‘The provider’s curriculum is coherently planned and sequenced. It builds on what children know and can do, towards cumulatively sufficient knowledge and skills for their future learning’
‘Practitioners understand the area of learning they teach and the way in which young children learn’.
‘Staff communicate well to check children’s understanding, identify misconceptions and provide clear explanations to improve their learning. In so doing, they respond and adapt their teaching as necessary.’
‘Practitioners and leaders use assessment well to check what children know and can do to inform teaching. This includes planning suitably challenging activities and responding to specific needs.’ (page 33)
Inspection reports have described the curriculum in good settings in the following ways:
Leaders have high expectations for children and provide a well-designed curriculum. They offer activities based on what children need to learn next.
The curriculum is well planned and overall, helps to develop children’s skills.
The committed staff team shares a clear vision for the intent of the curriculum.
The manager and staff provide a well-thought-through curriculum that builds on children’s interests and what children already know and can do.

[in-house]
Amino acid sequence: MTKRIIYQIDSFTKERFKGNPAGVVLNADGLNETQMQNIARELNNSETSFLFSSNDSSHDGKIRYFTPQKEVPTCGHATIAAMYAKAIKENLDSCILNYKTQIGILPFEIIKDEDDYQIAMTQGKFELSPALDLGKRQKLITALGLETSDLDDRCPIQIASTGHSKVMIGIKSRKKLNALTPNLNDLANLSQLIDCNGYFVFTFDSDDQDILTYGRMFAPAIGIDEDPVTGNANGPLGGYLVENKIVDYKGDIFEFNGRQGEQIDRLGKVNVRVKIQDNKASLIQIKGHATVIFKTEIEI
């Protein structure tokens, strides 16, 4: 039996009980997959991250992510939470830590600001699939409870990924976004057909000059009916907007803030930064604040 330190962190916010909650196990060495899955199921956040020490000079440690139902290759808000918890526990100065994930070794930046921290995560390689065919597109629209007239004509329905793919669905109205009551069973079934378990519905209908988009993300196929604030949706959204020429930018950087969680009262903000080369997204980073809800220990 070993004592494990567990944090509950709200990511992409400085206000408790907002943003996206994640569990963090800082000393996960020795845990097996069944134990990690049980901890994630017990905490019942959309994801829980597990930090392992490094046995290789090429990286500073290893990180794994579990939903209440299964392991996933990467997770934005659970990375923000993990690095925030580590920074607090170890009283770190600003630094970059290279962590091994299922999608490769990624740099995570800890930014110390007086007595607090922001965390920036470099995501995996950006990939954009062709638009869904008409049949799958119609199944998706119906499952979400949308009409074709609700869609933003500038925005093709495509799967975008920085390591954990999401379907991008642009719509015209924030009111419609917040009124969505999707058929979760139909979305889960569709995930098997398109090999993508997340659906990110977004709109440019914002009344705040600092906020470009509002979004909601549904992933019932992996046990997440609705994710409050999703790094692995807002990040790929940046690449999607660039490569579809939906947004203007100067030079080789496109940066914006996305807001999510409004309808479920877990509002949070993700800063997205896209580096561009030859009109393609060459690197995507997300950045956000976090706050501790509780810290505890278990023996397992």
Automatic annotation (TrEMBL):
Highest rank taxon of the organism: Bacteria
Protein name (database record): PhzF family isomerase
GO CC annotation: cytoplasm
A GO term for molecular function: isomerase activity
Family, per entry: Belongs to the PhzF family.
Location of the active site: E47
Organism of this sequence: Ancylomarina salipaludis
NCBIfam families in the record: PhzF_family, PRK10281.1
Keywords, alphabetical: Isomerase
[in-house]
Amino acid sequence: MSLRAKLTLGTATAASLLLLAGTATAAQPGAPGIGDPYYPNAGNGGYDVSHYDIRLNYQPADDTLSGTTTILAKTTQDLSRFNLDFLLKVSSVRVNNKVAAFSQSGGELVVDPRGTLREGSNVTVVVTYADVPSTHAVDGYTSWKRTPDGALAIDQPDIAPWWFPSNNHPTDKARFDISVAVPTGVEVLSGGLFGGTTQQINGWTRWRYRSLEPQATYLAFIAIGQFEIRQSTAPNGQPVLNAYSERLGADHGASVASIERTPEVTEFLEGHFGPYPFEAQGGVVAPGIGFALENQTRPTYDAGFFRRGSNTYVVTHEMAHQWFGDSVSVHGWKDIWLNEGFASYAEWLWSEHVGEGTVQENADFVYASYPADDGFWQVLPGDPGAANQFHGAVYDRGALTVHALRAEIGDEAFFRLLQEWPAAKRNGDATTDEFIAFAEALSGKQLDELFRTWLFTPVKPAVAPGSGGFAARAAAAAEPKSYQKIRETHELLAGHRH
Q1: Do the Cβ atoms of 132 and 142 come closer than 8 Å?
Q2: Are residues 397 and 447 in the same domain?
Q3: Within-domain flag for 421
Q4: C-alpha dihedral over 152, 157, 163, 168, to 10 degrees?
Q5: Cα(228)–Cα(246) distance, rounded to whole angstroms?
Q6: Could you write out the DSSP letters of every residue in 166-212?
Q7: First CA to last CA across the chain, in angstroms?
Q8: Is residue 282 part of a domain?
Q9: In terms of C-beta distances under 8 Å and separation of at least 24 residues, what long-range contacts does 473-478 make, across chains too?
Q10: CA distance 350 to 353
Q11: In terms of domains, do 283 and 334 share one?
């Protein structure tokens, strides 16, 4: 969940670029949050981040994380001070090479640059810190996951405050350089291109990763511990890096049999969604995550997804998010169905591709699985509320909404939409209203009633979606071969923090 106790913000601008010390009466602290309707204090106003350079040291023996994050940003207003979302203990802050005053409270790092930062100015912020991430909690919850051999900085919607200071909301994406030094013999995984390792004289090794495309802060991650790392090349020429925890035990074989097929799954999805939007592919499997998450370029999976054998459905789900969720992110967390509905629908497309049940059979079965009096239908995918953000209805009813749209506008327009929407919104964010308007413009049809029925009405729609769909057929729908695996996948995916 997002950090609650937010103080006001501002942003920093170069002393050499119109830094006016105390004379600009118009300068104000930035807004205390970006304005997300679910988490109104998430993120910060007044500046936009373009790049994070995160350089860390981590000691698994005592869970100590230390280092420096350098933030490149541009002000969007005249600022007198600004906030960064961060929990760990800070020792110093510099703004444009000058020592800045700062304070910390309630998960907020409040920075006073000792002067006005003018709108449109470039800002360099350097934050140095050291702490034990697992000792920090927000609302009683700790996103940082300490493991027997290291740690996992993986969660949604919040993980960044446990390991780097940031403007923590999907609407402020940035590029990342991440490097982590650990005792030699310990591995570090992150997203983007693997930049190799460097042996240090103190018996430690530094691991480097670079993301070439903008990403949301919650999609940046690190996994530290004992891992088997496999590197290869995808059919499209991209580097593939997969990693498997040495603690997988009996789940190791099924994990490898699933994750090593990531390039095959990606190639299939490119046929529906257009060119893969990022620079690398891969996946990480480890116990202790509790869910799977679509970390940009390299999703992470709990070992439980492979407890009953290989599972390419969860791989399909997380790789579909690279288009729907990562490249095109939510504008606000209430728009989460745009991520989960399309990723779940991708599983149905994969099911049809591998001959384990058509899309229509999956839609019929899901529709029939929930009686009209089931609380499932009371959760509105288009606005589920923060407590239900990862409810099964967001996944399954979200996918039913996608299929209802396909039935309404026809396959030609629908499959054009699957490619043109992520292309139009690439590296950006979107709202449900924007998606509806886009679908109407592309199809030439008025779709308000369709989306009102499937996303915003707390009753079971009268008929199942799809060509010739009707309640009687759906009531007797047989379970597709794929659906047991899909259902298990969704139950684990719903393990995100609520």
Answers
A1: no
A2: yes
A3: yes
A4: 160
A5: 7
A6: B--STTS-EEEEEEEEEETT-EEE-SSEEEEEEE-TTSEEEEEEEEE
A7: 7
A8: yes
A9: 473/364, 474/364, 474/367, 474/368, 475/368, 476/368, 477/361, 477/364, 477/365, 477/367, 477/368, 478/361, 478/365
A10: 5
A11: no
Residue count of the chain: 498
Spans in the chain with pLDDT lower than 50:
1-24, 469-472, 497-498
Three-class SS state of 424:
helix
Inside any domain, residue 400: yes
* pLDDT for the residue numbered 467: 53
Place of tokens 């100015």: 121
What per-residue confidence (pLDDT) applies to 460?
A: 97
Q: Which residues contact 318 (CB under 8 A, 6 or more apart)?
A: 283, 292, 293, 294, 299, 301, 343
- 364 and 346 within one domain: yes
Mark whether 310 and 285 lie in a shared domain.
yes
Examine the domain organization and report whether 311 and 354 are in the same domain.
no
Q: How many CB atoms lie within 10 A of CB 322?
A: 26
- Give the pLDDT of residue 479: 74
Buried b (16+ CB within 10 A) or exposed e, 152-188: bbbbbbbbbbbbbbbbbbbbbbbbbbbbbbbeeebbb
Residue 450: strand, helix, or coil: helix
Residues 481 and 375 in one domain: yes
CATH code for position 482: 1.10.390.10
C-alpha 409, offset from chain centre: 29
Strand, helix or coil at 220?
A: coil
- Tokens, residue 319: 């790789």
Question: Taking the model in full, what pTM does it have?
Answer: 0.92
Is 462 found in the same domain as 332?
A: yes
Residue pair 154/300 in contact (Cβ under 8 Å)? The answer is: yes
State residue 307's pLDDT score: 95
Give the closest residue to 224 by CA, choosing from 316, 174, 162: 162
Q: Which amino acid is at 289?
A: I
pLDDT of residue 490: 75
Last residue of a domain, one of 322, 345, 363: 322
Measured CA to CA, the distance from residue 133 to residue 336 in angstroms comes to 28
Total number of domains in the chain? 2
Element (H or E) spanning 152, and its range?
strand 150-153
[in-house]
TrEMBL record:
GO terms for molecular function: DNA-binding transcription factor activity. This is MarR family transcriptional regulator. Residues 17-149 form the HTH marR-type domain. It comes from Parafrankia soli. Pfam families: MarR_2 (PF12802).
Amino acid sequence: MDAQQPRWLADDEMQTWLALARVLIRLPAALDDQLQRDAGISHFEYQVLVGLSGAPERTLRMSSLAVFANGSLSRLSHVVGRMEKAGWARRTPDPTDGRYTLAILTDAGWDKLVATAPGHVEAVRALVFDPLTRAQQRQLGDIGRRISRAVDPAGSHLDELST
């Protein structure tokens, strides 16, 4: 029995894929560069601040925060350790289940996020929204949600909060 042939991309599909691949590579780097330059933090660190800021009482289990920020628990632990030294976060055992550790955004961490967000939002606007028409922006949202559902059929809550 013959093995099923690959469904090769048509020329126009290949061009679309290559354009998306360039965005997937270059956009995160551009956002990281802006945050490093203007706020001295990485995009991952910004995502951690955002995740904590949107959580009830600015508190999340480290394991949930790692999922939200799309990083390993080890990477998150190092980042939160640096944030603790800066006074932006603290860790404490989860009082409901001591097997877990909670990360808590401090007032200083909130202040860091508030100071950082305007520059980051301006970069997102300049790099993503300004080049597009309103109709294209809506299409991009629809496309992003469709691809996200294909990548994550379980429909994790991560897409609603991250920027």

The childminder’s highly ambitious curriculum ignites children’s passion for learning.
The manager and her enthusiastic team have high expectations for every child and have developed a curriculum based on children’s interests and what they need to learn next.
The manager supports staff to take good advantage of training and development, providing time and resources. This has made a good contribution to the development of the curriculum.
The manager uses effective systems to monitor the breadth and quality of the curriculum.
Assessment and Progress Tracking
Inspection reports have described assessment and progress tracking in good settings in the following ways:
Staff use a learning journal to record photographs, observations and comments about their key children.